David W. Eckert, the New Mexico man at the center of the Deming Police Department’s anal probing controversy, has a history of drug-related arrests, according to court documents viewed by TheBlaze. And while the police have not returned any of TheBlaze’s messages seeking comment, further investigation of other documents related to Eckert’s arrest reveals a significant claim by the authorities: he’s accused of hiding drugs in his anal cavity before.
As TheBlaze previously reported, Eckert was subjected to involuntary X-rays, multiple anal exams, enema procedures and a ultimately a colonoscopy. He has filed a federal lawsuit against multiple parties, including officers Bobby Orosco and Robert Chavez who the lawsuit says were involved in the stop.
According to the affidavit for the search warrant, police were told that Eckert was “known to insert drugs into his anal cavity and had been caught in Hidalgo County with drugs in his anal cavity.”
Eckert’s history with drugs had been revealed by his attorneys, Joseph and Shannon Kennedy, but there was no mention of any previous attempts to transport drugs in his anal cavity. Still, though court records confirm Eckert’s history of drug-related offenses, we found no information confirming police’s claim that he once was caught with drugs in his anal cavity.
Even with the new revelations, police officers will still have to justify to a law enforcement review board why they went to such great lengths even after an initial X-ray showed no drugs in his body.
Eckert’s attorney, Shannon Kennedy, told TheBlaze allegations that her client has previously been caught with drugs in his anal cavity are “completely baseless” and “false.”
“There’s no record, there’s no evidence,” she added. “We did a public records request and investigated that claim thoroughly and found nothing.”
But Kennedy also told TheBlaze that even if the false “rumor” was true, police still went way too far in their effort to find drugs in her client’s body.
“It’s absurd, its outrageous,” she said, adding that a person’s constitutional rights don’t cease to exist because of criminal history.
Just to recap, here is the series of events as they unfolded, according to documents provided to TheBlaze by Shannon Kennedy:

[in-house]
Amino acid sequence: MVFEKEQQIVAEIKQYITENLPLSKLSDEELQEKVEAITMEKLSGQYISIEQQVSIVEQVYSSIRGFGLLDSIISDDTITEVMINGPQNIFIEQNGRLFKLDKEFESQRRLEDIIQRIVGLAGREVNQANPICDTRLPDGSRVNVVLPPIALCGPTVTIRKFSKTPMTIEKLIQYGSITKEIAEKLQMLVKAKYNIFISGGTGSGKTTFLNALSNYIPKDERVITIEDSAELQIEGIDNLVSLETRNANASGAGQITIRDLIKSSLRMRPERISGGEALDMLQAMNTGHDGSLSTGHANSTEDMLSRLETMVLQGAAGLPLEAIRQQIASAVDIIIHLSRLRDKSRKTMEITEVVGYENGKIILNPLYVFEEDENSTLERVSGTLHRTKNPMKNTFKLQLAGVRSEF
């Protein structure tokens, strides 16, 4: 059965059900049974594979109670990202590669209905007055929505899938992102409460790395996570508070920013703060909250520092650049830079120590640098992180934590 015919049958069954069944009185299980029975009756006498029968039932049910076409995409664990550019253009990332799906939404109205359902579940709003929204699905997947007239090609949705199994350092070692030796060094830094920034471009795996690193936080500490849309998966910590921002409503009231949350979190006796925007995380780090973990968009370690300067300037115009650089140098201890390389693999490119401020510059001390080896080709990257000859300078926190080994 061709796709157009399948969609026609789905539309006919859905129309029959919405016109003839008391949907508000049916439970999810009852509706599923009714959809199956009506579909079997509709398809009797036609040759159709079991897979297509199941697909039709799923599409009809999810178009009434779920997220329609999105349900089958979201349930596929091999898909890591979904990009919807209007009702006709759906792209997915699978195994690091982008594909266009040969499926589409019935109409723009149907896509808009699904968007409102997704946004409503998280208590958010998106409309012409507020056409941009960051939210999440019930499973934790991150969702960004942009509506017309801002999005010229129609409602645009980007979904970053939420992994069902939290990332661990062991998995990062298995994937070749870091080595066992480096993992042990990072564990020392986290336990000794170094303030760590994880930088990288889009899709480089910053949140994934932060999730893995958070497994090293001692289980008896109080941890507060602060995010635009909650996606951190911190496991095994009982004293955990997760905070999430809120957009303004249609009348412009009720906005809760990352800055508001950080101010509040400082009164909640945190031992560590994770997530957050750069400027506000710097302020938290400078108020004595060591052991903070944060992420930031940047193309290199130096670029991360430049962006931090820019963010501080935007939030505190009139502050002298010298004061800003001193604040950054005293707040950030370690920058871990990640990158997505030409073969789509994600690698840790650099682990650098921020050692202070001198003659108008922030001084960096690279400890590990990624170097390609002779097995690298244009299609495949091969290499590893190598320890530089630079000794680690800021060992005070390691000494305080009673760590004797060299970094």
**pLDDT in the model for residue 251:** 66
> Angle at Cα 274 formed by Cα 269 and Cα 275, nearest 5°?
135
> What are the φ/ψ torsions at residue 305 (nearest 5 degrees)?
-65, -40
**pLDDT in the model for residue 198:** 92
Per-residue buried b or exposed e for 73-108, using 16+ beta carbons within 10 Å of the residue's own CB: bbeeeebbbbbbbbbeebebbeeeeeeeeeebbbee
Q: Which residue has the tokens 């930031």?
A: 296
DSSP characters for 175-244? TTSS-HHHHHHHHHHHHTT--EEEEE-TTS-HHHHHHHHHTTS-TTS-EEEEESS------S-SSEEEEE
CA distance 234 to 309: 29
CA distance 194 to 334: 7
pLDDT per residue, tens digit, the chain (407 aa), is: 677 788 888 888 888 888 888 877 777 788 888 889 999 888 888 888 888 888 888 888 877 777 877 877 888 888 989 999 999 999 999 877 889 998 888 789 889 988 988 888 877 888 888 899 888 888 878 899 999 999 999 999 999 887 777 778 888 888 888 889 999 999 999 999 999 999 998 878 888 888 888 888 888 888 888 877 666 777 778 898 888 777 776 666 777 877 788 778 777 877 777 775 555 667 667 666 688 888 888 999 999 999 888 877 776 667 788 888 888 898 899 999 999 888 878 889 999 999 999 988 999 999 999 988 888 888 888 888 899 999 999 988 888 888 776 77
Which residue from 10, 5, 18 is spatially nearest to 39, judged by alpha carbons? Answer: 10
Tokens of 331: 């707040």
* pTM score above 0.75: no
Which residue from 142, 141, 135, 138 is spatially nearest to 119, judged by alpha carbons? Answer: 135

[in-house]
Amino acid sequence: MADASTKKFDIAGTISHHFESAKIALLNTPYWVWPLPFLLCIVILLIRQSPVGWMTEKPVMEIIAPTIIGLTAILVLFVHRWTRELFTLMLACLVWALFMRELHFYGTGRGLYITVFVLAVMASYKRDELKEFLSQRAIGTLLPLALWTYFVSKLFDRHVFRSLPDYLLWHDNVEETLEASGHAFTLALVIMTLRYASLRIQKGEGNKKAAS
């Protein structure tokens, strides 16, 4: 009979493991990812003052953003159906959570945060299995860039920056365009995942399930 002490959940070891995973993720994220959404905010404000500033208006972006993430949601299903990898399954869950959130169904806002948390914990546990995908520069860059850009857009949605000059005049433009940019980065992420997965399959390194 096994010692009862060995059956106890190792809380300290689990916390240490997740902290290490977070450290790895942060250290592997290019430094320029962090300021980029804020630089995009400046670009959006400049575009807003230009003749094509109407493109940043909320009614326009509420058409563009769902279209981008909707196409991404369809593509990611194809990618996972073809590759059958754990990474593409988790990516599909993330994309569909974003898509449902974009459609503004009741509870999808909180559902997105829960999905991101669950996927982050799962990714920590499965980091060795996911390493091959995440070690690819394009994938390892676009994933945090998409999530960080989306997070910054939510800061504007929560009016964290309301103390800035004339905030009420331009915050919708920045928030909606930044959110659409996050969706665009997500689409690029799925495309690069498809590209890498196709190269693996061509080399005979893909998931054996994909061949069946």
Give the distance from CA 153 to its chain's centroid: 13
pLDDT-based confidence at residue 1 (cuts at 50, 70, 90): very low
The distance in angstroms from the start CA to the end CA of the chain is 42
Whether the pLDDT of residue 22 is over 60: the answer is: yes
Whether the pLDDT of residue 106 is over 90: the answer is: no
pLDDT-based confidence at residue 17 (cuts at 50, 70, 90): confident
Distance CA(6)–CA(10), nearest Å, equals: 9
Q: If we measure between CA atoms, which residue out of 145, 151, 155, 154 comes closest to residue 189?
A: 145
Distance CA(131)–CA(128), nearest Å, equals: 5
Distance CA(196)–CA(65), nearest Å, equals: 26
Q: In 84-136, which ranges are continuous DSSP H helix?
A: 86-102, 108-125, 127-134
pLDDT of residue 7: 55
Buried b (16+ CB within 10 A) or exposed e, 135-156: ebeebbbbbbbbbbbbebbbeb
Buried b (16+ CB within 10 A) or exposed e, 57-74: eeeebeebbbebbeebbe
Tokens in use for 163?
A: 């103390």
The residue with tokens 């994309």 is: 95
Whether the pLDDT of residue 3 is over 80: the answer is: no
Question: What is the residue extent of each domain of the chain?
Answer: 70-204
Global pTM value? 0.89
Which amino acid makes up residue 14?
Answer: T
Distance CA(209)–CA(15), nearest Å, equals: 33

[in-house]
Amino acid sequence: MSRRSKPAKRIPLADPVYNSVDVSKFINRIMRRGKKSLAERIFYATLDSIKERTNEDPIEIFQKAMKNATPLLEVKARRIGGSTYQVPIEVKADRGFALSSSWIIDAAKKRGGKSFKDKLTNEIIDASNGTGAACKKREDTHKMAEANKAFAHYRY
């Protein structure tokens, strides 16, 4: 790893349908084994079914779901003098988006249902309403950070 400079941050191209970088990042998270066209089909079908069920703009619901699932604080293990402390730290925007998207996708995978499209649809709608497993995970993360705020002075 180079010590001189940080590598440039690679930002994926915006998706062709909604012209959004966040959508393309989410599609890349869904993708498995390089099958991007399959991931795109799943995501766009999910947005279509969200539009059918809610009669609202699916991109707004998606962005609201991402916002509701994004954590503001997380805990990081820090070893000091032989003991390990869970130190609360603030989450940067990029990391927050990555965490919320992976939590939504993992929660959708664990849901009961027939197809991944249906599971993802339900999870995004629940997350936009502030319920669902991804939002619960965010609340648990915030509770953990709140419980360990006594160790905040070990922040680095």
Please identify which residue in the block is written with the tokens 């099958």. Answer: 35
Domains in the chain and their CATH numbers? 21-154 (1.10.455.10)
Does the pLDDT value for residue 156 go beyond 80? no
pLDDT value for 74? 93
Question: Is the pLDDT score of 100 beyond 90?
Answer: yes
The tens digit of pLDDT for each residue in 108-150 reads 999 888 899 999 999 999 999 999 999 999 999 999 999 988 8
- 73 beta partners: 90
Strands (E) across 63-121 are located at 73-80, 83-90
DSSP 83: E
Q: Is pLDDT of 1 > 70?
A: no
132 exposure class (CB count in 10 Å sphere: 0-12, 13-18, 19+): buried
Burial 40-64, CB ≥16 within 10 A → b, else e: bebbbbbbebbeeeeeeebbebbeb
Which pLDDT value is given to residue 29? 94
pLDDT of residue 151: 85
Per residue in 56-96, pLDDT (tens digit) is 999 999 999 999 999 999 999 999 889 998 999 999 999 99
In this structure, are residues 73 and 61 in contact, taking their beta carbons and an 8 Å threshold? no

1. Eckert’s abdominal area was X-rayed; no narcotics were found.
2. Doctors then performed an exam of Eckert’s anus with their fingers; no narcotics were found.
3. Doctors performed a second exam of Eckert’s anus with their fingers; no narcotics were found.
4. Doctors penetrated Eckert’s anus to insert an enema. Eckert was forced to defecate in front of doctors and police officers. Eckert watched as doctors searched his stool. No narcotics were found.
5. Doctors penetrated Eckert’s anus to insert an enema a second time. Eckert was forced to defecate in front of doctors and police officers. Eckert watched as doctors searched his stool. No narcotics were found.
6. Doctors penetrated Eckert’s anus to insert an enema a third time. Eckert was forced to defecate in front of doctors and police officers. Eckert watched as doctors searched his stool. No narcotics were found.
7. Doctors then X-rayed Eckert again; no narcotics were found.
8. Doctors prepared Eckert for surgery, sedated him, and then performed a colonoscopy where a scope with a camera was inserted into Eckert’s anus, rectum, colon and large intestines. No narcotics were found.
A records search for David W. Eckert’s past criminal history returns several results. The most recent drug-related arrest appears to have been in 2012. A section on the record, however, says the case was “dismissed by prosecutor.”
He was charged with possession of a controlled substance (methamphetamine), a felony, in the case. The state of New Mexico entered a “nolle prosequie” motion, meaning it found it was not in the state’s best interest to prosecute, according to court records.
In 2008, he was charged with felony possession of a controlled substance and misdemeanor use or possession of drug paraphernalia. He pled guilty and a judge granted him a “conditional discharge” with the stipulation of 18 months supervised probation, records indicate.
In 2005, Eckert was charged with felony possession of a controlled substance with intent to distribute in a school zone and misdemeanor use or possession of drug paraphernalia. The case was ultimately dismissed by the prosecutor after it went to trial and the defense entered an “alibi or entrapment” defense.
Finally, in 2002, Eckert was charged with forgery, possession of a controlled substance with the intent to distribute and use or possession of drug paraphernalia. Each count was apparently “dismissed” by the prosecutor after the state of new Mexico again entered a “nolle prosequie” motion.
Though Eckert has had other legal issues going back to 1999, they involved debt, divorce and other financial issues.
TheBlaze has left messages for Eckert’s attorney, Shannon Kennedy, but we have not heard back. This story will be update should she respond.
The affidavit for the search warrant in the Eckert case and other related documents are included below:
This story has been updated with comments from Eckert’s attorney.